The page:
Photo by Gabriel C. Pérez/KUT
Friday, November 13, 2020 by Audrey McGlinchy

Austin OKs million-dollar contract to audit police department

The city of Austin has agreed to pay a New York City-based consultant up to $1.3 million to investigate racism and bigotry in the Austin Police Department, including looking into materials used to train new officers and reviewing instances where police injured or killed someone.

The contract took nearly a year to put in place. City Council members originally voted for the audit last December after the Office of Police Oversight received anonymous complaints that an assistant police chief had used a derogatory term for Black people. The vote came months before the nationwide protests against racial injustice and demands that local politicians cut and reinvest money from police budgets.

“There comes a time in everybody’s existence to have to do something really hard because it’s worth it,” Council Member Natasha Harper-Madison said before Council voted on the audit in December. “I think it’s time for the Austin Police Department to do something really hard because it’s worth it.”

The Council has asked that this third-party investigation be finished by December 2021, but it’s unclear whether the Covid-19 pandemic will push that deadline. Council members did not discuss the contract before voting on it at their meeting Thursday. The vote was 10-0, with Mayor Steve Adler out of town.

The city is asking Kroll Associates Inc. to do the following:

  • Analyze APD training practices, including courses, materials, internal reports and interviews with former cadets
  • Research national standards in policing, including best practices for police academies, reducing use of force and improving communication with diverse communities
  • Recommend improvements to APD recruitment and promotion practices, including screening candidates for cadet classes and promotion
  • Recommend incorporating the participation of community groups representing those disproportionately affected by policing in the development of new police training
  • Assess recruitment and promotion practices related to diversity and inclusion, including role of assessment centers
  • Review use-of-force incident reports from June 2019 to November 2019, analyzing them by location, any resulting charges, the outcome of each incident, and demographic information (including race, ethnicity and language spoken) of all persons involved
  • Review aggregate data on every recorded interaction from June 2019 to November 2019 between APD and any member of the public, including type of interaction and its outcome (search, arrest with charges, citation with charges) and an evaluation on whether there are racial and/or ethnic or other disparities in searches, arrests, charges and citations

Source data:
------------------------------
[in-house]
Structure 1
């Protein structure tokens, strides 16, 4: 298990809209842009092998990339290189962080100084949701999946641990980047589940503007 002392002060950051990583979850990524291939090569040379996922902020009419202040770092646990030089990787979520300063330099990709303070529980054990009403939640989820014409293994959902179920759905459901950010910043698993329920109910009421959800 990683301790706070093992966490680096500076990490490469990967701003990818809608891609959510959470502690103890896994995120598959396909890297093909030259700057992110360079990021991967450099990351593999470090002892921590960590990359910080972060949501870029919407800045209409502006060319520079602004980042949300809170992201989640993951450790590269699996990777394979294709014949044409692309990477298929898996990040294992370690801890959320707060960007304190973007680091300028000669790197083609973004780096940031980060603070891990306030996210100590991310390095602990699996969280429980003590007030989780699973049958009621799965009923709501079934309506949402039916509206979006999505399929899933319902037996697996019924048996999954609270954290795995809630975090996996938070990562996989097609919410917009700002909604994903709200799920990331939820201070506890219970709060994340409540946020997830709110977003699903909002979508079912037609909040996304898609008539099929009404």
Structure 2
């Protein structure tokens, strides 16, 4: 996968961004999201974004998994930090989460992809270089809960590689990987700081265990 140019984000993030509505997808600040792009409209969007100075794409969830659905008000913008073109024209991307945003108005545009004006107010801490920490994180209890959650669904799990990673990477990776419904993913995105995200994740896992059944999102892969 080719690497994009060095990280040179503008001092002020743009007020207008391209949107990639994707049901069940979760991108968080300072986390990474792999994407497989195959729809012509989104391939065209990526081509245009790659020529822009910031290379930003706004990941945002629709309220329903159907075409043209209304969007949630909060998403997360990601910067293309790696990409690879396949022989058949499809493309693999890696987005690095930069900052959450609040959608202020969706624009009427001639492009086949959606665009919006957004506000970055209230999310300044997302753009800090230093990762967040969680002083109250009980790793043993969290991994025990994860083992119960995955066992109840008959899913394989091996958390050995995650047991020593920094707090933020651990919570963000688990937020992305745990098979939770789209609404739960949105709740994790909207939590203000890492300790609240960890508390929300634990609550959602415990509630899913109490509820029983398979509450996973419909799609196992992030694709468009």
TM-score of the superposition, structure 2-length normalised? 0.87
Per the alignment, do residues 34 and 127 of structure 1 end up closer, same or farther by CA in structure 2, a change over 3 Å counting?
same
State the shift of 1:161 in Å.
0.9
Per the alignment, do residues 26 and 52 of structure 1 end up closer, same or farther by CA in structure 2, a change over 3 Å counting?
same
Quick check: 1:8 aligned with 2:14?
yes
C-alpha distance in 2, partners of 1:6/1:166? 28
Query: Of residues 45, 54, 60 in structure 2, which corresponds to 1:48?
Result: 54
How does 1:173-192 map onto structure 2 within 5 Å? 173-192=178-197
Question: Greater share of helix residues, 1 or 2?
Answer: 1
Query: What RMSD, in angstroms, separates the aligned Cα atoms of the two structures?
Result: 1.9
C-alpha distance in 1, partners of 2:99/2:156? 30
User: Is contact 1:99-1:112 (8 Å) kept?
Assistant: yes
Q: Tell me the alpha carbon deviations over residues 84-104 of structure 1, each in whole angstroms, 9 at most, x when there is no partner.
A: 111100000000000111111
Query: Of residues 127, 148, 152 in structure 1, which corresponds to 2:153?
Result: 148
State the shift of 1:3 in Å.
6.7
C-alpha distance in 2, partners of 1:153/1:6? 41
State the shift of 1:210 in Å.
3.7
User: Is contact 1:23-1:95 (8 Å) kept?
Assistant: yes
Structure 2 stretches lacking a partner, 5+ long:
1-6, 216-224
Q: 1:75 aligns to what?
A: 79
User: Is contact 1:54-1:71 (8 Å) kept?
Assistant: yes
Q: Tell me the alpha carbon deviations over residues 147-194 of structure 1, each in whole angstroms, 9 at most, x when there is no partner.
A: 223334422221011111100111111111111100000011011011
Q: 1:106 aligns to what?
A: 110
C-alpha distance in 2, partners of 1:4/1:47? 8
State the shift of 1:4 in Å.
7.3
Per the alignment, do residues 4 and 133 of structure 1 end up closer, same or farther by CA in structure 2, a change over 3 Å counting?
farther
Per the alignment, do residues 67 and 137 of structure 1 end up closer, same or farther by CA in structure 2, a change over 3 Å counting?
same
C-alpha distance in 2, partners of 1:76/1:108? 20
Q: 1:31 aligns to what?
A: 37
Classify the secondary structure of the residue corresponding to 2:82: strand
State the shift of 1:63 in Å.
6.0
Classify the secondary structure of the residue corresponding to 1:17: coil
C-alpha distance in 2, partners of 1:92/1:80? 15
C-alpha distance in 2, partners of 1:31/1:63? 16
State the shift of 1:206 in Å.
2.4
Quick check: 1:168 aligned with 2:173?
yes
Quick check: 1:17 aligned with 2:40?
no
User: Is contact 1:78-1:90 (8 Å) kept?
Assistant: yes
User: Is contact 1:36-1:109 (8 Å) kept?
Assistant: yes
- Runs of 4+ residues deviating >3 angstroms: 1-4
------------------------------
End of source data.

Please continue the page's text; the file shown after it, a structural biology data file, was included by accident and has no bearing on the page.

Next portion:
When Council voted back in December, members asked City Manager Spencer Cronk and his staff to separately review and make changes to how the department trains new officers. Council members asked him to bring that assessment to them by June, directing APD to hold off on convening any new cadet-training classes until then.

But Cronk delayed its release, citing the pandemic. In August, Council members went ahead and voted to cancel three upcoming cadet-training classes as part of a vote to cut and reinvest millions from APD’s budget.

As of Thursday, it was unclear whether this internal review would be made public. A city spokesperson told KUT the city manager’s office had finished the review, but was waiting for final approval by “all parties.”

“The review will be provided to the consultant,” city spokesperson Andy Tate wrote in a text message. “We’ll be in a better position to confirm (if it’ll be made public) once the review has been reviewed/approved.”

This story was produced as part of the Austin Monitor’s reporting partnership with KUT.

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Key Players & Topics In This Article

Austin City Council: The Austin City Council is the body with legislative purview over the City of Austin. It offers policy direction, while the office of the City Manager implements administrative actions based on those policies. Until 2012, the body contained seven members, including the city's Mayor, all elected at-large. In 2012, City of Austin residents voted to change that system and now 10 members of the Council are elected based on geographic districts. The Mayor continues to be elected at-large.

Austin Police Department: the law enforcement entity for the City of Austin.

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